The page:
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This article was published on May 30th, 2018
Purchasing a property is likely to be one of the most significant decisions a person will ever make. There are many things to take into consideration when a person is looking to purchase a property. The size, layout and price of the property are all key aspects that can have a significant influence on whether a person decides to submit an offer for the property and complete the purchase.
Whilst the above aspects form a key part of the decision-making process, one aspect that can often be overlooked is, whether the property one is looking at is a leasehold or freehold property.
Both leasehold and freehold properties have their advantages and disadvantages and in this blog post, we will explain what both terms mean and what to look out for with each type of property.
Essentially, leasehold and freehold are two different types of legal ownership. Depending on which of the two types of property you purchase, you may or may not be able to make your desired alterations to the property itself.
Our conveyancing team will be able to discuss which type of purchase is right for you and advise you on the next steps that you need to take when beginning the purchase process.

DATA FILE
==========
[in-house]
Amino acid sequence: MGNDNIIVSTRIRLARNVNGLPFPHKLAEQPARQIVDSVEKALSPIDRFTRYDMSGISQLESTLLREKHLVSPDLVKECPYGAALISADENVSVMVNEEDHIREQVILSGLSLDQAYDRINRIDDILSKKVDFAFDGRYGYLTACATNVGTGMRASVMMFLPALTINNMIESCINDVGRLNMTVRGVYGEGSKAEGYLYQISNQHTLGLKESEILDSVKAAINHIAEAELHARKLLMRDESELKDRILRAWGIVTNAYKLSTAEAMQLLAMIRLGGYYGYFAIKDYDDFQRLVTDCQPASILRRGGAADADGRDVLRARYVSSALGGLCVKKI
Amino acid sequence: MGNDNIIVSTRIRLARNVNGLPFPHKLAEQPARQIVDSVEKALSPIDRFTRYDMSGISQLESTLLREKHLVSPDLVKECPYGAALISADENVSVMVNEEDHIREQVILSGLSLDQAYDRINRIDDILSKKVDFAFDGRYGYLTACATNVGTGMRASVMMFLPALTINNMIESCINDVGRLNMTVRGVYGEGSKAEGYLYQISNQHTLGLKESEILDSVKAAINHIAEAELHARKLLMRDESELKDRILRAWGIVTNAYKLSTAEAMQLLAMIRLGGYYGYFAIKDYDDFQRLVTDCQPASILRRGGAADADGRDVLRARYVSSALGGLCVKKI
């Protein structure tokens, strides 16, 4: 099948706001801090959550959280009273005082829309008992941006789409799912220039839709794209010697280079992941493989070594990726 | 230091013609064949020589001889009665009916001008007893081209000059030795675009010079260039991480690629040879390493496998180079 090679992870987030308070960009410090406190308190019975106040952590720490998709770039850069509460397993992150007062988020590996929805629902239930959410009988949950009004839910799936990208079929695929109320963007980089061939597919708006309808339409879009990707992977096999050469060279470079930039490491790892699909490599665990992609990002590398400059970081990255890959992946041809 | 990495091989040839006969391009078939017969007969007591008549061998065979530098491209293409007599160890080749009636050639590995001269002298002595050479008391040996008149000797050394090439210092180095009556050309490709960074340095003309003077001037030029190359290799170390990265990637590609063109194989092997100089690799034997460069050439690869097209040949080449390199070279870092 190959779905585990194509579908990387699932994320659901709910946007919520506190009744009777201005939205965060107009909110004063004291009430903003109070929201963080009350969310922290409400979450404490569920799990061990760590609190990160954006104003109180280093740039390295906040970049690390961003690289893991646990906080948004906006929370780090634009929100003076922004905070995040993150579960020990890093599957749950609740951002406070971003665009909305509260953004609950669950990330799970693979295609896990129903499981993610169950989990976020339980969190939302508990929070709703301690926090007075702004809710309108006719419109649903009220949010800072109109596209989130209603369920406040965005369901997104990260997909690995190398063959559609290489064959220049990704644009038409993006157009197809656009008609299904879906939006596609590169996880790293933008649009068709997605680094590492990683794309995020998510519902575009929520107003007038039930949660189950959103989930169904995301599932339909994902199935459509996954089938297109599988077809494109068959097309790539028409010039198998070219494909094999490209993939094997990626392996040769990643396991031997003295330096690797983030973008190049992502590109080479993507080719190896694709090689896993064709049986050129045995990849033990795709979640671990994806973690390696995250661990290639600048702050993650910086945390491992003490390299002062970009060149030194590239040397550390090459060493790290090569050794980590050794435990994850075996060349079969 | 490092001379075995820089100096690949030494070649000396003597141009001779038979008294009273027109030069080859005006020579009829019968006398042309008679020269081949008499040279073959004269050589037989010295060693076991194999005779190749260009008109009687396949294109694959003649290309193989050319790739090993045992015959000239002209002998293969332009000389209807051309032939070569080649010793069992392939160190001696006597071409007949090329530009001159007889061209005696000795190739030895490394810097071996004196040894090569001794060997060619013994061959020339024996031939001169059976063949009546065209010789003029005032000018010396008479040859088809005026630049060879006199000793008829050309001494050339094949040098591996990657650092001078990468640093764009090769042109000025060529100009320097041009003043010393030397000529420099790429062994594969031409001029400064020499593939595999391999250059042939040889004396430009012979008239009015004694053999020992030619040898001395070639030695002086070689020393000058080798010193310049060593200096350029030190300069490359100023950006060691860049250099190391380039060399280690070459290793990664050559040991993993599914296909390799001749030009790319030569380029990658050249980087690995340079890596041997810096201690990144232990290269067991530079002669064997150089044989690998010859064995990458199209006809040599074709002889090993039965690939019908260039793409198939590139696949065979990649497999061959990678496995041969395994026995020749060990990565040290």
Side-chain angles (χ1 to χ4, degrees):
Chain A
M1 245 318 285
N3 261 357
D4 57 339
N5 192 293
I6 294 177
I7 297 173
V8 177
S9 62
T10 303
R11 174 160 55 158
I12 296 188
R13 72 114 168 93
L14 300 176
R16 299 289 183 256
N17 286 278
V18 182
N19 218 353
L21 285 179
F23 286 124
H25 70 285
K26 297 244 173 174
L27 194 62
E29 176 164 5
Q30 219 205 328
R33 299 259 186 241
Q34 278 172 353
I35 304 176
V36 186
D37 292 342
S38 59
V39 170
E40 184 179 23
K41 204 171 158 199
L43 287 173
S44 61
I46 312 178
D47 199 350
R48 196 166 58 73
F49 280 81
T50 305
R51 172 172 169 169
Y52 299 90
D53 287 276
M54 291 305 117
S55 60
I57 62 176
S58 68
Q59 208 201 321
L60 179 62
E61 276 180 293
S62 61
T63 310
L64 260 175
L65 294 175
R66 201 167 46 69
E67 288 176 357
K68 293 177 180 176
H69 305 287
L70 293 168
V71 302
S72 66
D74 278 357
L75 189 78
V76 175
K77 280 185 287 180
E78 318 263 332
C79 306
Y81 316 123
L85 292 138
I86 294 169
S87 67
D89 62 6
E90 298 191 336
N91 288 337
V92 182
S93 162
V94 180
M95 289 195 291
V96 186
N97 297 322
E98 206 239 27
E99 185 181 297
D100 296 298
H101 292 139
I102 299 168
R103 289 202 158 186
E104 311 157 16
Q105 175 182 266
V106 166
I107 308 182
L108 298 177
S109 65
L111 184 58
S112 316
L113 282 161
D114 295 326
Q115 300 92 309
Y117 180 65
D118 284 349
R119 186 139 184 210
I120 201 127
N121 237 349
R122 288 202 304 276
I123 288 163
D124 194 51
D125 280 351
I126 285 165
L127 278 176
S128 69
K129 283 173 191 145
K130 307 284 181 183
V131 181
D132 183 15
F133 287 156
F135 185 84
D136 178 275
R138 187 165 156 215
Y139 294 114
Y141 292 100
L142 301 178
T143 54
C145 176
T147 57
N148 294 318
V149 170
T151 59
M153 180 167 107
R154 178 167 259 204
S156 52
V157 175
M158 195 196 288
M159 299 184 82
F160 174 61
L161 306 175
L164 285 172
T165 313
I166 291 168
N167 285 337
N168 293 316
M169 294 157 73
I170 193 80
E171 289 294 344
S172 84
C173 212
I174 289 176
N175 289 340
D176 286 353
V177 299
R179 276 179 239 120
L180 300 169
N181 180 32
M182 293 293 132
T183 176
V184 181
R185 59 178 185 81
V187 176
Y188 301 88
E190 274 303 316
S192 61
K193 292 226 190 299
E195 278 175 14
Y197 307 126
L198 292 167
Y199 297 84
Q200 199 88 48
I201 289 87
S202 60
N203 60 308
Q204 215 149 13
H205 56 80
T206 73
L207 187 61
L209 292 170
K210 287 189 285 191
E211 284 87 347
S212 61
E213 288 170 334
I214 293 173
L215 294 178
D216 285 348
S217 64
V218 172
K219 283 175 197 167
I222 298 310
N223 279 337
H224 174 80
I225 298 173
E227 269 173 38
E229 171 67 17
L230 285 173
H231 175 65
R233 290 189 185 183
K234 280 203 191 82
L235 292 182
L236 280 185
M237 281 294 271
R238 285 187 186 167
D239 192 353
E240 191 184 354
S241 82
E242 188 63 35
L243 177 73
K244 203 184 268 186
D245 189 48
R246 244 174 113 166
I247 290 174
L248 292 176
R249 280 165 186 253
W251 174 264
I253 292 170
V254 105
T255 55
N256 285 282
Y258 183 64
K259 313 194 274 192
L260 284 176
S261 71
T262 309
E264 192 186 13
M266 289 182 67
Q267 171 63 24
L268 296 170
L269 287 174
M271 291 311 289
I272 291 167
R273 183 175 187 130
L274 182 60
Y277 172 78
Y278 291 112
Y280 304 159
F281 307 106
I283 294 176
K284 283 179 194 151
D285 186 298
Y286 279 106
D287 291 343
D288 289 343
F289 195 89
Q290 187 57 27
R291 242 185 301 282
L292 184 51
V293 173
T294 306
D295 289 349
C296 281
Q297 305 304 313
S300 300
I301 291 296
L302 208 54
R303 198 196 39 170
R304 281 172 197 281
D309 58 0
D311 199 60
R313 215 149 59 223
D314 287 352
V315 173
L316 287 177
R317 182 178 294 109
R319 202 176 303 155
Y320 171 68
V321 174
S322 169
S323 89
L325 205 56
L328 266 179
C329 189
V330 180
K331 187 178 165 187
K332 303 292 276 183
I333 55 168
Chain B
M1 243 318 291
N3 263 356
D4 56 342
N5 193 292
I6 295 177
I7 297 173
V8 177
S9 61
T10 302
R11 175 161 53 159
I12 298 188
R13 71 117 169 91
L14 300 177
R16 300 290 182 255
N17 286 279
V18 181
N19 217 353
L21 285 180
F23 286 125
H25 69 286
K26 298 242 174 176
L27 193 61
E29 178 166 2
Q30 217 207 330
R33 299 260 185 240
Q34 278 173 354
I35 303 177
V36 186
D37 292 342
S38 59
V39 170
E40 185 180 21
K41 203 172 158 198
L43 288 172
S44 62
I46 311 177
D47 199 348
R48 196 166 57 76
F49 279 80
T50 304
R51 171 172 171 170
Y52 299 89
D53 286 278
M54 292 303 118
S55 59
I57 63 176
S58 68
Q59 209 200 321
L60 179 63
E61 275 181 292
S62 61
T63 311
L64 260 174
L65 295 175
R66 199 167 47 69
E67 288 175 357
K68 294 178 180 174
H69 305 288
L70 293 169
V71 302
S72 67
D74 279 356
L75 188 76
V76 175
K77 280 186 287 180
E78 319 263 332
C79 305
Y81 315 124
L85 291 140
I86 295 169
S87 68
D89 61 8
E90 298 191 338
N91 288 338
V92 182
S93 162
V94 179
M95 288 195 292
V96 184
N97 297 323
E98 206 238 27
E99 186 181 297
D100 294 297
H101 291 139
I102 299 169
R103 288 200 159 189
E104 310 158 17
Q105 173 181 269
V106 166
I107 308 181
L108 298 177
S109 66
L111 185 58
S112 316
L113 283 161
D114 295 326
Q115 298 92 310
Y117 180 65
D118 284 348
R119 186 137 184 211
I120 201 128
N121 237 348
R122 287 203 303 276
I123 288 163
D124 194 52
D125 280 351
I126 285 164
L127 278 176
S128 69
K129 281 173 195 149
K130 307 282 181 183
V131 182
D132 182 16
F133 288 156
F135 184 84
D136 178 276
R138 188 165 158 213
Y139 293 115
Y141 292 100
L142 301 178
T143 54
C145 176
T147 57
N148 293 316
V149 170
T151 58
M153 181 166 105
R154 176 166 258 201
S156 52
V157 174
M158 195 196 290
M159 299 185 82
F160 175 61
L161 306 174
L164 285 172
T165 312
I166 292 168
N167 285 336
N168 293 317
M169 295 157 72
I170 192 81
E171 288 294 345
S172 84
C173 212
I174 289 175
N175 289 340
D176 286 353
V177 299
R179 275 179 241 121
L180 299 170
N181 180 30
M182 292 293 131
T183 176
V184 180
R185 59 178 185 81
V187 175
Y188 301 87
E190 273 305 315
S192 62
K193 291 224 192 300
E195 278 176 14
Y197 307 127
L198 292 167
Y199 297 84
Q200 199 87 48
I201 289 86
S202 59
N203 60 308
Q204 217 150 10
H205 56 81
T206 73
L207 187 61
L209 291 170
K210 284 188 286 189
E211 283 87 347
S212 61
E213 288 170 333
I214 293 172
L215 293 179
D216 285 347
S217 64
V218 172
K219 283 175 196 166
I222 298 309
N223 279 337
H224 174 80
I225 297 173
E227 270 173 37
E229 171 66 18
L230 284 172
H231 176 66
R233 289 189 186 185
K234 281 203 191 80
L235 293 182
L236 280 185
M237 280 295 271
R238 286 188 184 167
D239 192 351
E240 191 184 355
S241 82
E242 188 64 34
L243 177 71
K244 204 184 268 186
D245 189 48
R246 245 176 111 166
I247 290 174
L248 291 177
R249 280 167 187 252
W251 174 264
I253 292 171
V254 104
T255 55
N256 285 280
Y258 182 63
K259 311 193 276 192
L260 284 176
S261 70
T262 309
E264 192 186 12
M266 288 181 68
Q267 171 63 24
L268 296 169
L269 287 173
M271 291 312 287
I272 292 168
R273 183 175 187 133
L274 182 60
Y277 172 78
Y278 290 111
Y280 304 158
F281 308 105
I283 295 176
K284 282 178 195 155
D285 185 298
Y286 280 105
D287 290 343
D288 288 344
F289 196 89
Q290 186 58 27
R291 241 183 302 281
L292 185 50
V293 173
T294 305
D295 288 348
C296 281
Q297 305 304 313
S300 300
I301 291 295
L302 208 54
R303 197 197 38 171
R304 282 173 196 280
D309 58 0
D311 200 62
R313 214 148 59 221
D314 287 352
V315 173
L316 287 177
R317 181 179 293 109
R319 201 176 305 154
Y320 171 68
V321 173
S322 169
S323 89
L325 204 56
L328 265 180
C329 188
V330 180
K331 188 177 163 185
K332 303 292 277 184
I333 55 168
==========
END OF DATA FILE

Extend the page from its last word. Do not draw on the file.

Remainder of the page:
In basic terms, a leasehold property is a property that you lease from the freeholder, also known as the Landlord. This isn’t to be confused with a rented property which usually has a lease for a much shorter period of time.
The freeholder or landlord will receive rent from the leaseholder known as Ground Rent. This lease will allow the leaseholder to use the property for an extended period of time, with some leases lasting up to 999 years.
Much like rented accommodation, a lease will often include terms and conditions of use for the property.
A typical example of a leasehold property is a flat, although there are exemptions to the rule. In most cases, a leasehold property will result in the leaseholder looking after certain parts of the property, with the remaining responsibility for the property falling to the person who truly owns the property (freeholder).
For example, under the terms of the lease, the freeholder may be required to ensure communal areas are maintained and that the exterior of the building is also maintained, whilst the maintenance of the interior of the property is carried out by the leaseholder.
The leaseholder will also have to ask the freeholder for permission if they want to change any part of the property’s layout.
Those who are considering making a leasehold purchase will also need to account and budget for ground rent. This is a type of rent which is paid annually in order to maintain the right to occupy the property as a leaseholder. Most leases also include the requirement for the Tenant to pay towards the upkeep of the main building, including insurance, maintenance of shared areas, etc. This is known as service charge.